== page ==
Roku 3 23

Related: Netflix vs Amazon Video

Roku 3 – Design and Setup

One of the best things about the Roku 3 is its tiny form factor. It’s about the same size as five drink coasters stacked on top of each other, and has shiny, black casing that looks great just about anywhere. It’s a breath of fresh air when compared to heftier broadcaster boxes like YouView or Sky’s +/HD/Q players.

A single cable plugs directly from the Roku 3 to the mains for power. There’s an ethernet port (no cable supplied). It supports dual-band Wi-Fi connections too. You can plug in local content using the USB or microSD ports, and a supplied HDMI cable connects the Roku to your television.

The Roku 3 comes with its own remote control – it takes two AA batteries, and is yet to die on me. It’s a fairly standard controller; it’s small, has the usual directional and ‘OK’ buttons, plus ‘back’ and ‘home’. There are also direct-to-app buttons for Netflix, Rdio, YouTube, and the Google Play store. If you turn it sideways, you can use the ‘A’ and ‘B’ buttons and arrow keys like a game controller too.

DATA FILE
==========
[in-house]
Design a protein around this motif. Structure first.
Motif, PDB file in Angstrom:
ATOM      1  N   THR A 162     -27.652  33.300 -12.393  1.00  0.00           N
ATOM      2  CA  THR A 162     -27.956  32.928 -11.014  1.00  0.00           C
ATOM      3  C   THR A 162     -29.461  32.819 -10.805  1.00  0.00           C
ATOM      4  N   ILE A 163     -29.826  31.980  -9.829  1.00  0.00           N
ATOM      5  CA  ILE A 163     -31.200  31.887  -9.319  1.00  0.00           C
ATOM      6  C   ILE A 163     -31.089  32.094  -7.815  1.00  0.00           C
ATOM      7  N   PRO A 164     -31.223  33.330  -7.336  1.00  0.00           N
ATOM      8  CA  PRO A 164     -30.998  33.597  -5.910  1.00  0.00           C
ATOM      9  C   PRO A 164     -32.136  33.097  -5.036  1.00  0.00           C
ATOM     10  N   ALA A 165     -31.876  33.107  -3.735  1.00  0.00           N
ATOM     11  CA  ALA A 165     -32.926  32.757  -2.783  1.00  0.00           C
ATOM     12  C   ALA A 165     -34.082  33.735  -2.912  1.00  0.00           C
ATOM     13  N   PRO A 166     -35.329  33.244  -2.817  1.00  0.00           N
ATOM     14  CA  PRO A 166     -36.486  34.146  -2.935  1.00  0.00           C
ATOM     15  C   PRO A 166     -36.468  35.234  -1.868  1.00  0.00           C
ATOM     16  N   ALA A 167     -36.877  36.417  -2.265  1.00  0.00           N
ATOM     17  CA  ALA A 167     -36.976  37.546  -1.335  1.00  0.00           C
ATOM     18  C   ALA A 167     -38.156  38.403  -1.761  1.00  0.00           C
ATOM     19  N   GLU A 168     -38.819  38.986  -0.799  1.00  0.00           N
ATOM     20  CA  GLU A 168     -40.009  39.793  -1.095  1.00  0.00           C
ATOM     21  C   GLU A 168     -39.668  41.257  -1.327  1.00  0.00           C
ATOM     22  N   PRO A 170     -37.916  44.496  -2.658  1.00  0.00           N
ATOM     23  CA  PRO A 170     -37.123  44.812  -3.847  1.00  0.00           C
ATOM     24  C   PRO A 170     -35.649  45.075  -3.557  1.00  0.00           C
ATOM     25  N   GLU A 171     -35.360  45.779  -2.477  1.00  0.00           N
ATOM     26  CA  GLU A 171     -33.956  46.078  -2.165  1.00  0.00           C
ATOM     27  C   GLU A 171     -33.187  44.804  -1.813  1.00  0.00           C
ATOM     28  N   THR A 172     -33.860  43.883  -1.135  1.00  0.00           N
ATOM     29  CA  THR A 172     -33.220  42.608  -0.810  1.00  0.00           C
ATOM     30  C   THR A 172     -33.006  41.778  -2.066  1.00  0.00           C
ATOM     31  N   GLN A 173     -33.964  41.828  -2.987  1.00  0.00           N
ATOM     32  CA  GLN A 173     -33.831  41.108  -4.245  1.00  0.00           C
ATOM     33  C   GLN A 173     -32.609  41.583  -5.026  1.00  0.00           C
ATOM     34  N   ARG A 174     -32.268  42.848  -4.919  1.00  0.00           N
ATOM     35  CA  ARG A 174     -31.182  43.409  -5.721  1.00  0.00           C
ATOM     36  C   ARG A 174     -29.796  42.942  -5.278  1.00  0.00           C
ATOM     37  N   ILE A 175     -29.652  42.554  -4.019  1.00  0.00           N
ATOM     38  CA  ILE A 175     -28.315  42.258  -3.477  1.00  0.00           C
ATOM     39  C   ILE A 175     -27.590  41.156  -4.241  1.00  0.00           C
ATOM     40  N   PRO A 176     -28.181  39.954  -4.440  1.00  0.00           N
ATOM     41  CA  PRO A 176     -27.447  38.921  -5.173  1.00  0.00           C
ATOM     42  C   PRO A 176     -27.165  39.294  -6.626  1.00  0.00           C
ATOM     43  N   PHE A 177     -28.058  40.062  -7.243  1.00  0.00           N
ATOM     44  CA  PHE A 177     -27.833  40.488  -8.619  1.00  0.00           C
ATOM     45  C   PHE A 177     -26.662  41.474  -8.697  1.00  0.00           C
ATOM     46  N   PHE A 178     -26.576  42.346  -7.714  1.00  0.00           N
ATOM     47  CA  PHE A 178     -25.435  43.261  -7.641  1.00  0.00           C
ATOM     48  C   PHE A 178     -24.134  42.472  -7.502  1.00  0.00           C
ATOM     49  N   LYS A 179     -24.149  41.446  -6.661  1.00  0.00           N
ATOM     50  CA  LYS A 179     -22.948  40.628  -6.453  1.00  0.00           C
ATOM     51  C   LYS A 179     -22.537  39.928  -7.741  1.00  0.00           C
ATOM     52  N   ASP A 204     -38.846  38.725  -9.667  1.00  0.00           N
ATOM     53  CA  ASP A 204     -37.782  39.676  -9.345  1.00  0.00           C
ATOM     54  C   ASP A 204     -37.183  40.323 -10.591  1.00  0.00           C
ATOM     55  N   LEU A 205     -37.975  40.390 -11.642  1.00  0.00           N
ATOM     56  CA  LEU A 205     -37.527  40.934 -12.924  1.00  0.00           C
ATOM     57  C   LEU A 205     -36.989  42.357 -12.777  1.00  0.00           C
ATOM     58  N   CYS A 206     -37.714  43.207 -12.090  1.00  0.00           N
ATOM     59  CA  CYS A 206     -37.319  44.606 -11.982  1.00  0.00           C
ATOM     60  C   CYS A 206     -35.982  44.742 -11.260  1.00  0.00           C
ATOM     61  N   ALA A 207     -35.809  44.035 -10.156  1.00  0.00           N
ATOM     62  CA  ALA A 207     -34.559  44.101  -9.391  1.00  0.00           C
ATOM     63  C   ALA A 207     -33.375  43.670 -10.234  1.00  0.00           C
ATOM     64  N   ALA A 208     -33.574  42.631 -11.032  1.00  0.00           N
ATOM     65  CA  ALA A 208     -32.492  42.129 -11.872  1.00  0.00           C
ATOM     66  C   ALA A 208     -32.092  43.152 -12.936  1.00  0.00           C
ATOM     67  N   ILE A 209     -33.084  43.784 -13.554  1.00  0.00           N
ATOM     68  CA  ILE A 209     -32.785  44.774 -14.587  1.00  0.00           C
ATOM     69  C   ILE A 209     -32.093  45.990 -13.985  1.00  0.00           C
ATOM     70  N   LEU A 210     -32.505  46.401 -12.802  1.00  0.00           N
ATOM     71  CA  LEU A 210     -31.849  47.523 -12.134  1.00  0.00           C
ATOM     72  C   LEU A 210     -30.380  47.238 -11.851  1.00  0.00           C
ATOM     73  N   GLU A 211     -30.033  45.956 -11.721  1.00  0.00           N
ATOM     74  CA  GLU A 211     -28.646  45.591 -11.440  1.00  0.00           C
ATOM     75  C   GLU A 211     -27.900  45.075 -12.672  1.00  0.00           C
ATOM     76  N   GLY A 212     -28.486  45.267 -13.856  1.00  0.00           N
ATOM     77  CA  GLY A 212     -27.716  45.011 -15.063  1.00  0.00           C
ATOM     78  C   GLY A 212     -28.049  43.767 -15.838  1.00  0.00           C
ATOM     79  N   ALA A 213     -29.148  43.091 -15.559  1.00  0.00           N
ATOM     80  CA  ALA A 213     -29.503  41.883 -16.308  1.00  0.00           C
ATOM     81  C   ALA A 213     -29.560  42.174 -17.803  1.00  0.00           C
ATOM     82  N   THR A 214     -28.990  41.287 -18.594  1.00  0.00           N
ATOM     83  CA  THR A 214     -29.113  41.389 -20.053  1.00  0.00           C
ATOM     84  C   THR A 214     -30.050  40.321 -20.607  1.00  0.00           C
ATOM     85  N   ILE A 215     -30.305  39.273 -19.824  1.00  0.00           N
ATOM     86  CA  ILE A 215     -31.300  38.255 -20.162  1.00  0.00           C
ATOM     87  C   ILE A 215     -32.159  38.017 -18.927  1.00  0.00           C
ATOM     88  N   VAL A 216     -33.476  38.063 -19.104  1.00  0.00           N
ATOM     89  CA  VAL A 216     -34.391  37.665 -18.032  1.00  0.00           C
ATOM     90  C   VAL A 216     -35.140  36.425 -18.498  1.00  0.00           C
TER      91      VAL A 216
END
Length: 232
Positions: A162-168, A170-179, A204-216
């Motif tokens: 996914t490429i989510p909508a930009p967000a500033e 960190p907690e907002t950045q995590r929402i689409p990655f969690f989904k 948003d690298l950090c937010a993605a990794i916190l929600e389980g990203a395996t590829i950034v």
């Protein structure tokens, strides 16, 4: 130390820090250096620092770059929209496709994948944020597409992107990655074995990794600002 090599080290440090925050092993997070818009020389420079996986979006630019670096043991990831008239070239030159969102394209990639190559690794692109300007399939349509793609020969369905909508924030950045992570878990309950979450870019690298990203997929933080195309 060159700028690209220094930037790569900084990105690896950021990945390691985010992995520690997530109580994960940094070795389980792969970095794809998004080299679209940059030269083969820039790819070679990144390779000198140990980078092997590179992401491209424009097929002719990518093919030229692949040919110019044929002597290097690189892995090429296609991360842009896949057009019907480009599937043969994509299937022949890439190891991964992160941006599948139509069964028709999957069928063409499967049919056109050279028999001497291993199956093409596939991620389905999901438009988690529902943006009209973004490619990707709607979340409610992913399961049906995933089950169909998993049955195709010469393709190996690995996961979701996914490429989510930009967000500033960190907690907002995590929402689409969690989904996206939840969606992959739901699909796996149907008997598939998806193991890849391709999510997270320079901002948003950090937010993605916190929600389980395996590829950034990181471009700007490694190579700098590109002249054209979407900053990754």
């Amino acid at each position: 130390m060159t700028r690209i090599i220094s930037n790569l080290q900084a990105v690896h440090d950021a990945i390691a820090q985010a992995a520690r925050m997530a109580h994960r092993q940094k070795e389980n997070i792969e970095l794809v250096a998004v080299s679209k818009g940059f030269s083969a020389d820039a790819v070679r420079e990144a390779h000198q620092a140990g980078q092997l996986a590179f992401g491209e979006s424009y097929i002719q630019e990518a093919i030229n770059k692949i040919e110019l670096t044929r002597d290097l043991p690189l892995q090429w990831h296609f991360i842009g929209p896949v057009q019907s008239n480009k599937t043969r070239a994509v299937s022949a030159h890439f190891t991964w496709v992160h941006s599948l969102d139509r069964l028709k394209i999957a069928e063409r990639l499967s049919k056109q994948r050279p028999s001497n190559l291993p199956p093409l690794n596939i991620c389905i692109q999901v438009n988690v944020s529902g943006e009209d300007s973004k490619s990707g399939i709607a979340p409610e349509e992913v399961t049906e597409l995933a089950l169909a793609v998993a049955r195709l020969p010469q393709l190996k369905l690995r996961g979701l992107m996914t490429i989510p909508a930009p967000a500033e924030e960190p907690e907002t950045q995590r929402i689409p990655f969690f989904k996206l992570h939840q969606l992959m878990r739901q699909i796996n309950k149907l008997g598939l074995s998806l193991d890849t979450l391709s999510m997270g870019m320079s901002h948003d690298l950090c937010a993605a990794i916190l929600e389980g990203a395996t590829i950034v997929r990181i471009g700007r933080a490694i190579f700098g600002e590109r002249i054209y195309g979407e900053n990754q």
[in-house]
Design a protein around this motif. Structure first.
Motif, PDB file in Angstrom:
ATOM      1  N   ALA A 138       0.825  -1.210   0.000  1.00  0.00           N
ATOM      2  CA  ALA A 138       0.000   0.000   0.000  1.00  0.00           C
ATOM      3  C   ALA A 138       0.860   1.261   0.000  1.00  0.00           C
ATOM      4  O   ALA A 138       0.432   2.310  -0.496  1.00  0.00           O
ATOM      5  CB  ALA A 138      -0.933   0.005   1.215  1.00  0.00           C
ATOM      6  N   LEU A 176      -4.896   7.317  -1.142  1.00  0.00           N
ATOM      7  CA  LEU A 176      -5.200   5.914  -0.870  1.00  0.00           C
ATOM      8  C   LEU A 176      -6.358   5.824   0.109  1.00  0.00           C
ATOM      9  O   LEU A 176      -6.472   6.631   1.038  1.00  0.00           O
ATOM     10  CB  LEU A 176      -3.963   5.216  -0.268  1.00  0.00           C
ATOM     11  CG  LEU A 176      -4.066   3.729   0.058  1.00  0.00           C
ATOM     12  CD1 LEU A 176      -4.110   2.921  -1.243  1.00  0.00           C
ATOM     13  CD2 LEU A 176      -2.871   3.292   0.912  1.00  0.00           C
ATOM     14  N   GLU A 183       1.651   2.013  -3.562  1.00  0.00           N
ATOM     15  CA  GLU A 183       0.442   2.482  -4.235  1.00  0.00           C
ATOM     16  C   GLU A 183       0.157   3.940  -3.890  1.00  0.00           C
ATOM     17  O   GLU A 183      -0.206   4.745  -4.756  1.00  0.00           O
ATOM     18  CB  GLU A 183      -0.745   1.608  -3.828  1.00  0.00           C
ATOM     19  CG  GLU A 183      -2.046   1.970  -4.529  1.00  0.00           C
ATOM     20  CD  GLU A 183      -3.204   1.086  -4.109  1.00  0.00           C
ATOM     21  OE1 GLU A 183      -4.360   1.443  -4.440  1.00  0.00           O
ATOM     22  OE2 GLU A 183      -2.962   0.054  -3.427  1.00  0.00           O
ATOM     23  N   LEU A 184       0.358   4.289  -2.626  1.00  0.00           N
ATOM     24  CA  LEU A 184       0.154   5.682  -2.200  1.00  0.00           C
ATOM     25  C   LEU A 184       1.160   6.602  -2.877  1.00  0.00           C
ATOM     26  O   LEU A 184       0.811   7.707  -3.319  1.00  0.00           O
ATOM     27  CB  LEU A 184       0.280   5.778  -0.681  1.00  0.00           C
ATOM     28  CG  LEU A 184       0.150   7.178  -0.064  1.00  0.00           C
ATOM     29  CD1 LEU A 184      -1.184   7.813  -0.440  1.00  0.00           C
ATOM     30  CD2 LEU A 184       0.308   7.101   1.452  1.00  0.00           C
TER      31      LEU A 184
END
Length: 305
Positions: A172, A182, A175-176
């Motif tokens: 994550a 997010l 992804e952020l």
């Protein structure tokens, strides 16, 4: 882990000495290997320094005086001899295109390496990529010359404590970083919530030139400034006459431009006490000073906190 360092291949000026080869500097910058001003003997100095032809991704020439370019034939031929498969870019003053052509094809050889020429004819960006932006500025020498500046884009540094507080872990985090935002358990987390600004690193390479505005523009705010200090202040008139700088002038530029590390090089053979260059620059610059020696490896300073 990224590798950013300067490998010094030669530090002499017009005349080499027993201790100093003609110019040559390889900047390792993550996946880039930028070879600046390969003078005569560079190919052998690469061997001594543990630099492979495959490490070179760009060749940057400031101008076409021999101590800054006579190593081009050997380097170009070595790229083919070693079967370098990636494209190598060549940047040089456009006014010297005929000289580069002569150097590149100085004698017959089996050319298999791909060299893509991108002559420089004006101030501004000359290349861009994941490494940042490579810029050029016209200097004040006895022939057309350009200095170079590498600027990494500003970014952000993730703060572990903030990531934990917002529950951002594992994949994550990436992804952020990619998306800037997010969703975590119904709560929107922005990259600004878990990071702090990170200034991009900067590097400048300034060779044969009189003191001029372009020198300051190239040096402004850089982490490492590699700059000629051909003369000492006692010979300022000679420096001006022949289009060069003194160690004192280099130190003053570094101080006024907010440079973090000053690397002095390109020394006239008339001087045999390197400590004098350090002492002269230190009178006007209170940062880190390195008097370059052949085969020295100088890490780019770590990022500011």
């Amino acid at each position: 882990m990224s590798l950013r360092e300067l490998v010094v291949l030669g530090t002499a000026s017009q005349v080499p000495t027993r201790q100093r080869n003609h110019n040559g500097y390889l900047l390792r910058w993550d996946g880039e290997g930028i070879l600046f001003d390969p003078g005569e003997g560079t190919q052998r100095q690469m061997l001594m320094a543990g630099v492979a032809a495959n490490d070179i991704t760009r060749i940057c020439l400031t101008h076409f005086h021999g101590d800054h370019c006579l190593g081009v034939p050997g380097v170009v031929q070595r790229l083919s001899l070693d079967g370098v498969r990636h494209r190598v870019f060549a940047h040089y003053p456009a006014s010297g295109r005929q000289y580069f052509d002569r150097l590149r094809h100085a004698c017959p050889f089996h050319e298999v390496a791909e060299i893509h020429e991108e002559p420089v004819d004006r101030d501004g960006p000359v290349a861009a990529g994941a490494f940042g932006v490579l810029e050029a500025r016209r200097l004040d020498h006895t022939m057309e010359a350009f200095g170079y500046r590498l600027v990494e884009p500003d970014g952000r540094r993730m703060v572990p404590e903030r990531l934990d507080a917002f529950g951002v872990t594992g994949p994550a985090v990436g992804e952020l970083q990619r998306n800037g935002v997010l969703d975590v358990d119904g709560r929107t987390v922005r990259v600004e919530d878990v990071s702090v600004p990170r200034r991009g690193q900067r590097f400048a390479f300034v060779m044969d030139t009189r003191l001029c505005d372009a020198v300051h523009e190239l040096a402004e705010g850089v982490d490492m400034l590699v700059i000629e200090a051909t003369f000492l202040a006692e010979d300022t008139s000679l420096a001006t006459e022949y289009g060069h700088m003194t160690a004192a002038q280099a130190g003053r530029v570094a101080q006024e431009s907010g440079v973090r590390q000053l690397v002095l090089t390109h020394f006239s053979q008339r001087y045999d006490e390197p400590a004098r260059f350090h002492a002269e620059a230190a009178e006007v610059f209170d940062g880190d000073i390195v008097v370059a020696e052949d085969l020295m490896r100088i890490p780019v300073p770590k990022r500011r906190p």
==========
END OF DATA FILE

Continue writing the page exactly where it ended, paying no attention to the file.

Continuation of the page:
The most interesting thing about the remote control is that it comes with a 3.5mm audio jack. This means you can plug headphones into the controller and listen to the audio of whatever you’re watching on TV. It’s a great way to catch up on a TV show or movie without disturbing the rest of your house. However, it’s rare that my girlfriend and I won’t be watching the same show, so I didn’t find much use for this.

Roku 3 3